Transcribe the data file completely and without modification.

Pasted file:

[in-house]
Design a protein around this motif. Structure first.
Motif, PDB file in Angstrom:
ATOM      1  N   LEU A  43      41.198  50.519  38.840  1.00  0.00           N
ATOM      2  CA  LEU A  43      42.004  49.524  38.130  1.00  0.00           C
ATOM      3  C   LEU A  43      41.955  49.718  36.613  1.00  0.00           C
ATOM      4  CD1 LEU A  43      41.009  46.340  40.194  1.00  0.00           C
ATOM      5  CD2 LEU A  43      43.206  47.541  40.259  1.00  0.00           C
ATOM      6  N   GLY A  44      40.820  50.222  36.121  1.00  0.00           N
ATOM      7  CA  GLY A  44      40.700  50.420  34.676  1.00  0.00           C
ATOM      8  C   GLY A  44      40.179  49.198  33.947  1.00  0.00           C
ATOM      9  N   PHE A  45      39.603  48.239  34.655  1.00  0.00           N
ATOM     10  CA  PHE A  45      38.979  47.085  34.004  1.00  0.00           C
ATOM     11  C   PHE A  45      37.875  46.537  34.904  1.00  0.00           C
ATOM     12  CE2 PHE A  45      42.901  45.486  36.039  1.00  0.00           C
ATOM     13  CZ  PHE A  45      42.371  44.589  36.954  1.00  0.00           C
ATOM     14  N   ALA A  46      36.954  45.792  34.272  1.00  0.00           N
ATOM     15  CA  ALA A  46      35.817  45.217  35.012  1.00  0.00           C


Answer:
[in-house]
Design a protein around this motif. Structure first.
Motif, PDB file in Angstrom:
ATOM      1  N   LEU A  43      41.198  50.519  38.840  1.00  0.00           N
ATOM      2  CA  LEU A  43      42.004  49.524  38.130  1.00  0.00           C
ATOM      3  C   LEU A  43      41.955  49.718  36.613  1.00  0.00           C
ATOM      4  CD1 LEU A  43      41.009  46.340  40.194  1.00  0.00           C
ATOM      5  CD2 LEU A  43      43.206  47.541  40.259  1.00  0.00           C
ATOM      6  N   GLY A  44      40.820  50.222  36.121  1.00  0.00           N
ATOM      7  CA  GLY A  44      40.700  50.420  34.676  1.00  0.00           C
ATOM      8  C   GLY A  44      40.179  49.198  33.947  1.00  0.00           C
ATOM      9  N   PHE A  45      39.603  48.239  34.655  1.00  0.00           N
ATOM     10  CA  PHE A  45      38.979  47.085  34.004  1.00  0.00           C
ATOM     11  C   PHE A  45      37.875  46.537  34.904  1.00  0.00           C
ATOM     12  CE2 PHE A  45      42.901  45.486  36.039  1.00  0.00           C
ATOM     13  CZ  PHE A  45      42.371  44.589  36.954  1.00  0.00           C
ATOM     14  N   ALA A  46      36.954  45.792  34.272  1.00  0.00           N
ATOM     15  CA  ALA A  46      35.817  45.217  35.012  1.00  0.00           C